We need to decouple our economy from China anyway, and if calling tariffs ‘climate tariffs’ is what governments need to feel good about it then it’s worth the price.
When it comes to emissions, there is one clear trend above all others:
While emissions are declining in North America and Europe, those reductions are being outdone by rising emissions in China.
Emissions are rising both in China, and in other parts of Asia in large part due to China’s financing of the construction of many new coal power plants.
In short, while we restrict our economy here at home and impose burdens on our citizens, China is taking advantage, growing their economy (which of course makes it easier for them to grow their military), and seeking to catch up to, and then supplant their democratic rivals.
At the same time, we have also seen how overly dependent we are on China.
Our inability to produce here at home has left us vulnerable and at the mercy of a country that is acting increasingly hostile.
The solution then is to further decouple our economy from China, and tariffs are a key way to do that.
Usually, tariffs are looked at as a negative thing, particularly among those (like myself), who generally think free trade can be positive.
However, particularly when dealing with China, ‘free trade’ becomes a trap.
China uses government power to such a dramatic extent that they are able to copy industries from other countries (look at Nortel & Huawei), pump tons of money into them to build them up, and then push them back onto the markets they initially ‘borrowed’ from.
This results in more and more production moving to China, weakening the strategic position of other nations including Canada.
Tariffs are a key way to respond to that.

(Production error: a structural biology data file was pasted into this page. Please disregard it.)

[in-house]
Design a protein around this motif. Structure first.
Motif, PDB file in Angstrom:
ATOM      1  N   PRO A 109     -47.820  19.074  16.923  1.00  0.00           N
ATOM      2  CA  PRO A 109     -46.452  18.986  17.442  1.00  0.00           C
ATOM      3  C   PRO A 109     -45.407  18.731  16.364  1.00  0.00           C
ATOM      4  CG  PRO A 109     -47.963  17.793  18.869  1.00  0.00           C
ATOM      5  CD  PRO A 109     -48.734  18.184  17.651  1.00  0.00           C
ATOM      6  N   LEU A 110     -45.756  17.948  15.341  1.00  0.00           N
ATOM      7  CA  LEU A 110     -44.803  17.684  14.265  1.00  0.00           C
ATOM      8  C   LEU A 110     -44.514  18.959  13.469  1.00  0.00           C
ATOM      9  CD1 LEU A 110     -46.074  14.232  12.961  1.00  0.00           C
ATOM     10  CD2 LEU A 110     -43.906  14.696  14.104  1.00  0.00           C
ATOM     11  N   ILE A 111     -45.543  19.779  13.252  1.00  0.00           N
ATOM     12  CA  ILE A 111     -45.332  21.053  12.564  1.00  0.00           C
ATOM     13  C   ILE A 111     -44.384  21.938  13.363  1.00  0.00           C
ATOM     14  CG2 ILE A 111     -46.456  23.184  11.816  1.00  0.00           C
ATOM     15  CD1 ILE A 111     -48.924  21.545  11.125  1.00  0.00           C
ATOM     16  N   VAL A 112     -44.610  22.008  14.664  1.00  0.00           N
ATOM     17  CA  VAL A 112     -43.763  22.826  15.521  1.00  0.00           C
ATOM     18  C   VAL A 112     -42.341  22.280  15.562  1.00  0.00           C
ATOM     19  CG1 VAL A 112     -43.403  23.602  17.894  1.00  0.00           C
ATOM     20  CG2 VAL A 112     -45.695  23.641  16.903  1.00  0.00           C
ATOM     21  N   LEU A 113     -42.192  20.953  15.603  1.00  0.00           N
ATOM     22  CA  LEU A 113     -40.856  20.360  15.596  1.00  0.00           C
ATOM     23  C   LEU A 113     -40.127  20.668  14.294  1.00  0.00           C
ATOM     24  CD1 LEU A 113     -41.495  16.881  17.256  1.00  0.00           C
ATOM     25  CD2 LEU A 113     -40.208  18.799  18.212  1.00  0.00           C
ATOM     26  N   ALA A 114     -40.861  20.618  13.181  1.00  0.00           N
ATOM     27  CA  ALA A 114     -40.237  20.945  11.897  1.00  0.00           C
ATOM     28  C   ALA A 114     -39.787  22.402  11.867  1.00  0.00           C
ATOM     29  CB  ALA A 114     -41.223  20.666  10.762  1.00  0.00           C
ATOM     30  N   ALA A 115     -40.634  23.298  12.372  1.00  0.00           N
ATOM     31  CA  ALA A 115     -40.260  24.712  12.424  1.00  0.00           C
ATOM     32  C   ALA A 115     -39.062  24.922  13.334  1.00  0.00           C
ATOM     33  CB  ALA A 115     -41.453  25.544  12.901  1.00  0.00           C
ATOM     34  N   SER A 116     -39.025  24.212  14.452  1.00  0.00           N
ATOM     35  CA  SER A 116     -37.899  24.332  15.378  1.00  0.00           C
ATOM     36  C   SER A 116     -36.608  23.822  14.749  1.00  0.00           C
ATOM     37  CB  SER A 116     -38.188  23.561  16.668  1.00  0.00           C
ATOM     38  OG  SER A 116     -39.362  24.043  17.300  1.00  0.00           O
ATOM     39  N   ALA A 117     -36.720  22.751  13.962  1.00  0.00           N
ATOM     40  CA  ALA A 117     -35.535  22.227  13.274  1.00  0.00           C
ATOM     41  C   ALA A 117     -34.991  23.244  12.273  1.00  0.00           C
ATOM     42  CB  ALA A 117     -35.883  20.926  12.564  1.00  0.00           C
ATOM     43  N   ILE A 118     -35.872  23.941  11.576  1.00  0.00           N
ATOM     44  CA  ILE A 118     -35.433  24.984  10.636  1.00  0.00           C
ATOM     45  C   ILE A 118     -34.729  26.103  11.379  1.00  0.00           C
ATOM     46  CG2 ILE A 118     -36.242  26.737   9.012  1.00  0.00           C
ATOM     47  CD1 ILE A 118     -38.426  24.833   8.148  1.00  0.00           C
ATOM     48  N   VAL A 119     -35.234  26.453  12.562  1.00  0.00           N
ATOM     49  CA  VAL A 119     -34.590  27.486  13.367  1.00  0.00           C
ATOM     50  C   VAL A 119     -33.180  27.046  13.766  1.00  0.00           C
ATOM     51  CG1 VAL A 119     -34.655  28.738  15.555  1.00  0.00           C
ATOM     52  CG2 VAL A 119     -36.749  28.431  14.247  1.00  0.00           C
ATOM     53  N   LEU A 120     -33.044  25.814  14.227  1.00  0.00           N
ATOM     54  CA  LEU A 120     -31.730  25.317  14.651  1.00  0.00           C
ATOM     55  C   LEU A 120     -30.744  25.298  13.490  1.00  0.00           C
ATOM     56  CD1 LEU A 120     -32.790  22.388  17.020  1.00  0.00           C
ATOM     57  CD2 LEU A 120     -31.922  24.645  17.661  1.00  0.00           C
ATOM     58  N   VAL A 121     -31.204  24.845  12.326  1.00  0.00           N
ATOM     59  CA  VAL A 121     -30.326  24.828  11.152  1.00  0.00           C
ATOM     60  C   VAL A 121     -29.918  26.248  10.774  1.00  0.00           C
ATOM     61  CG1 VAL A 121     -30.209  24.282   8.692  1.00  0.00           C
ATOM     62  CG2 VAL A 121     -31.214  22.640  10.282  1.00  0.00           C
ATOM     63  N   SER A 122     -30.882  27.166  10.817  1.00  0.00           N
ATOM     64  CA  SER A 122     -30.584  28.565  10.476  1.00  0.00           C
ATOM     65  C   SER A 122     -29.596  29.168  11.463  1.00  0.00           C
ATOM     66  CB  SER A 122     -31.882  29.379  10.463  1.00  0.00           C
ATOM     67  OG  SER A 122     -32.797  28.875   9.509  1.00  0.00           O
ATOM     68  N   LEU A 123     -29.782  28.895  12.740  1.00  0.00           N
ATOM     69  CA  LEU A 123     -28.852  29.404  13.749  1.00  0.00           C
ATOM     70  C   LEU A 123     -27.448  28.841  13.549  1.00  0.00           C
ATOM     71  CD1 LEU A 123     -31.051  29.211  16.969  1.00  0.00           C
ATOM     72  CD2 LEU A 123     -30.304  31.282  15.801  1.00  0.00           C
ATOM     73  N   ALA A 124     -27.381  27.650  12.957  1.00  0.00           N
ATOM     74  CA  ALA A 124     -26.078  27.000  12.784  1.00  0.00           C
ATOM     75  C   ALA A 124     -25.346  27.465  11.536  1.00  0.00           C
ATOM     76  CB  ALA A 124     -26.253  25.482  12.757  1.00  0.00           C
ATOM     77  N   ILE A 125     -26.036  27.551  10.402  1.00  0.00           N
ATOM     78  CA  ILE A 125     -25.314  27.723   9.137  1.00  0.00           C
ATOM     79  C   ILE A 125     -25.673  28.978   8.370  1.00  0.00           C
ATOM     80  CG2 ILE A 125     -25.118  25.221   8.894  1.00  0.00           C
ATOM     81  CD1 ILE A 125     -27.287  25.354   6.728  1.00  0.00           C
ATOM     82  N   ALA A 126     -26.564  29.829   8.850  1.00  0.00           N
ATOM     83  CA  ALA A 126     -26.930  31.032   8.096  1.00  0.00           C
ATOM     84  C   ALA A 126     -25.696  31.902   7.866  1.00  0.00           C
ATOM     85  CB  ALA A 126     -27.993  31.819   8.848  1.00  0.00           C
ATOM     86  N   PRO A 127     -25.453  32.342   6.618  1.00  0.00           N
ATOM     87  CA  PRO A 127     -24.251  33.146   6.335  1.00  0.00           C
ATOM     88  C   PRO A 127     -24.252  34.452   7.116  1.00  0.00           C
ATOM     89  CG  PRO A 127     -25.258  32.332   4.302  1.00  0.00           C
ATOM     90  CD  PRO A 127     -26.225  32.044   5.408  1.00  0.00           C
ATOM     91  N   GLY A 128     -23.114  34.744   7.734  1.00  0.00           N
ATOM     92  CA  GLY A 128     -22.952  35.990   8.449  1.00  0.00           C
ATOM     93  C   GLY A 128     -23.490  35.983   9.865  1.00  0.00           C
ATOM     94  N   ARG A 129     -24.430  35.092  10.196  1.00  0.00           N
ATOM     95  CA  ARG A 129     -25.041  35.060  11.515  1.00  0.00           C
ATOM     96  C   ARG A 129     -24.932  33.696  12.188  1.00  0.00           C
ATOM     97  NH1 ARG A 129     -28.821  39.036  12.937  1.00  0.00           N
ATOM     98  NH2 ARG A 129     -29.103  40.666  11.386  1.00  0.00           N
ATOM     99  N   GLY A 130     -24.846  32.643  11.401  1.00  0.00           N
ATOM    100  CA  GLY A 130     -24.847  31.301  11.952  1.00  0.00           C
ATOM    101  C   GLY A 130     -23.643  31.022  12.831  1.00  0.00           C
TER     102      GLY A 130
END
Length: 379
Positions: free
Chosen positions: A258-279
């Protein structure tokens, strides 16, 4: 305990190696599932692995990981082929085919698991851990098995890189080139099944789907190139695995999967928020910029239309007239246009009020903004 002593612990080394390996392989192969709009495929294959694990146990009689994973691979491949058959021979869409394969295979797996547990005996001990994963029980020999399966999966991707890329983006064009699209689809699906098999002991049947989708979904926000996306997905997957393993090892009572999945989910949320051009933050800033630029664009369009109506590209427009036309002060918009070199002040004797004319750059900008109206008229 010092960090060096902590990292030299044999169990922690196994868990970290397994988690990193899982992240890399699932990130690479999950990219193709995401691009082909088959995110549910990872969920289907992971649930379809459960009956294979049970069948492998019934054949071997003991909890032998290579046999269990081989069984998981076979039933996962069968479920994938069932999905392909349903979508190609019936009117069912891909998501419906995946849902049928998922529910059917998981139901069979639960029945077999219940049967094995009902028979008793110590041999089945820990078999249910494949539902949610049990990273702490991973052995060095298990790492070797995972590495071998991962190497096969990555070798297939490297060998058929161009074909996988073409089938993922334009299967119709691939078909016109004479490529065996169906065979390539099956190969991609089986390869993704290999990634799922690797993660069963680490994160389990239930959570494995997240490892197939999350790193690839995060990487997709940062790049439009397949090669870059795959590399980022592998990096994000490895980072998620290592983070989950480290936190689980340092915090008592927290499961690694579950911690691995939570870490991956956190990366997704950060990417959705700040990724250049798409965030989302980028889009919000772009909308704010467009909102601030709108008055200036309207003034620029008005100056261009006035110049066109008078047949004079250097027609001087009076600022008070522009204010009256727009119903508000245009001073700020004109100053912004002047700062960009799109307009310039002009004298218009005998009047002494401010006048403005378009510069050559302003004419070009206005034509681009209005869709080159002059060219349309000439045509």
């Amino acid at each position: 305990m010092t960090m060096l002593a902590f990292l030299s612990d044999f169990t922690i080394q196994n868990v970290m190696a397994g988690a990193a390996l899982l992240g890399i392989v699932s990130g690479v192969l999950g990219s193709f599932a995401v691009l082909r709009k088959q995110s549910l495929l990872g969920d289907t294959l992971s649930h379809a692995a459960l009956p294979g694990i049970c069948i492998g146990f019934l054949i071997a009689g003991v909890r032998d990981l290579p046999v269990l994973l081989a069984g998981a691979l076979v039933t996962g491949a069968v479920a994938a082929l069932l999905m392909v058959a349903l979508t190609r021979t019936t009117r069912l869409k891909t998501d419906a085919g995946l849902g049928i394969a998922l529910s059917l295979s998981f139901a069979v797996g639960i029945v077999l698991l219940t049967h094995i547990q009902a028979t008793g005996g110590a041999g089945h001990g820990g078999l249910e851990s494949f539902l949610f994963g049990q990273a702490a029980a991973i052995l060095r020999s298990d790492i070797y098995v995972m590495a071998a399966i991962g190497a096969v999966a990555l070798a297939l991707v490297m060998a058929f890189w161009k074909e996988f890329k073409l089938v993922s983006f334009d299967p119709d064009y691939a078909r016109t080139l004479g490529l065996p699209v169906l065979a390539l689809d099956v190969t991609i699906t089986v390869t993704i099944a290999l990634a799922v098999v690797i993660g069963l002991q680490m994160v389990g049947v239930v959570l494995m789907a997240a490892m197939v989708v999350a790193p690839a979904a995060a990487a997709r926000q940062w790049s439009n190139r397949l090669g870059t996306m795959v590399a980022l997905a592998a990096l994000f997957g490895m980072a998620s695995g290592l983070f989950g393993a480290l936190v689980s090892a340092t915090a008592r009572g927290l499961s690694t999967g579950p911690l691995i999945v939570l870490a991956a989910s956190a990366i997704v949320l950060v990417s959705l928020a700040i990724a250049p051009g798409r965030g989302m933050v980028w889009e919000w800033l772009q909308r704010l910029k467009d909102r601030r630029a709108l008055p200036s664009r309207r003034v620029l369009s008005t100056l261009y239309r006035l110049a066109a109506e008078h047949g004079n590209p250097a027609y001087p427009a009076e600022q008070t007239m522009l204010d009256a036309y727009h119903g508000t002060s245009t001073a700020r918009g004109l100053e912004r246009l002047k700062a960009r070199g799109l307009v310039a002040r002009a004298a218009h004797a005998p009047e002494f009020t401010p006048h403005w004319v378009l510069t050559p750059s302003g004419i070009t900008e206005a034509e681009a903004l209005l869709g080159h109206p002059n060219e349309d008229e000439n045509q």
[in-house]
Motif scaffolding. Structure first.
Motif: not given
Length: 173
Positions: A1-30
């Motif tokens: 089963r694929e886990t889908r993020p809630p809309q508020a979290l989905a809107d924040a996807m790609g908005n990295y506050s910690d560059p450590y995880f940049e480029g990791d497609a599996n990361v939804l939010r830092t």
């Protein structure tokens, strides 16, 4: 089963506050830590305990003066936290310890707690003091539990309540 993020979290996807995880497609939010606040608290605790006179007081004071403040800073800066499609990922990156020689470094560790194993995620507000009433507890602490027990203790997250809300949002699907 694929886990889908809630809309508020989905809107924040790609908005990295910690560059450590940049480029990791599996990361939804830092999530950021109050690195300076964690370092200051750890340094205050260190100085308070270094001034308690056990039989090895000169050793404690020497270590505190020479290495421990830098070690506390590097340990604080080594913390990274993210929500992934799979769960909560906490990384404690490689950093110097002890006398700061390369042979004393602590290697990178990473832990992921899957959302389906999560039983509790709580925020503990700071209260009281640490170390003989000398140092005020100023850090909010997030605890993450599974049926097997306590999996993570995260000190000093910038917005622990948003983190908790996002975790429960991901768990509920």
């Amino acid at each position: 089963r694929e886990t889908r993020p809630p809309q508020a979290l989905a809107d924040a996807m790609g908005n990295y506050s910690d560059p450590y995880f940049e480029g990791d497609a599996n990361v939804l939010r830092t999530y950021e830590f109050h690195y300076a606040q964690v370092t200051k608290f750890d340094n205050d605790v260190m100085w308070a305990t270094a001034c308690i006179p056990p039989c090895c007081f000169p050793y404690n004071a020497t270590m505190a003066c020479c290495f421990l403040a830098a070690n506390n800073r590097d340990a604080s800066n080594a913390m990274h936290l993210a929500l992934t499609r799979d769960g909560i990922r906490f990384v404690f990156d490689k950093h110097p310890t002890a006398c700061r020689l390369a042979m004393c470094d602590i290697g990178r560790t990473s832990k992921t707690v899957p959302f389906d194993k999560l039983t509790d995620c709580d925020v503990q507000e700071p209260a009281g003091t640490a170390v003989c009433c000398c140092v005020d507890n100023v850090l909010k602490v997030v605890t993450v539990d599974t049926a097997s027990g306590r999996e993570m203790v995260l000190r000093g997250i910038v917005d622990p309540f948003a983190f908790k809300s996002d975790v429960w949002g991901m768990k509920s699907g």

And since China is also increasing emissions, many people will feel better if they are called ‘climate tariffs.’
While not a fan of the wording myself (we should be imposing tariffs on China regardless), many governments will feel better if they can impose tariffs on China while calling them ‘climate tariffs.’
And if it addresses China’s emissions while decoupling Canada from China economically (or at least reducing our dependence on China), who cares what it’s called?
Conservative Climate Plan should be replacing the carbon tax with climate tariffs on China
With the Conservatives still searching for their ‘climate plan’, or at least waiting to reveal it, they should push for climate tariffs on China to replace the carbon tax.
Repeal the carbon tax, and imposing climate tariffs on China would be consistent with the tough-on-China approach the Conservatives have been taking (personnel decisions aside), and would be a credible way to address both our dependence on China and China’s increasing emissions.
It would be a clear and tangible plan that would accomplish three things all at once:
- Address China’s emissions by reducing our contribution to those emissions through less purchasing of products from China.
- Incentivize Canadian manufacturing and production by making made-in-Canada products more competitively priced relative to products made in China.
- Reduce our dependence on China, which the past year has shown has gone way too far.
Climate tariffs on China are a far better policy than carbon taxes on Canadians, and the Conservatives should push to make this idea a reality.
Photo – YouTube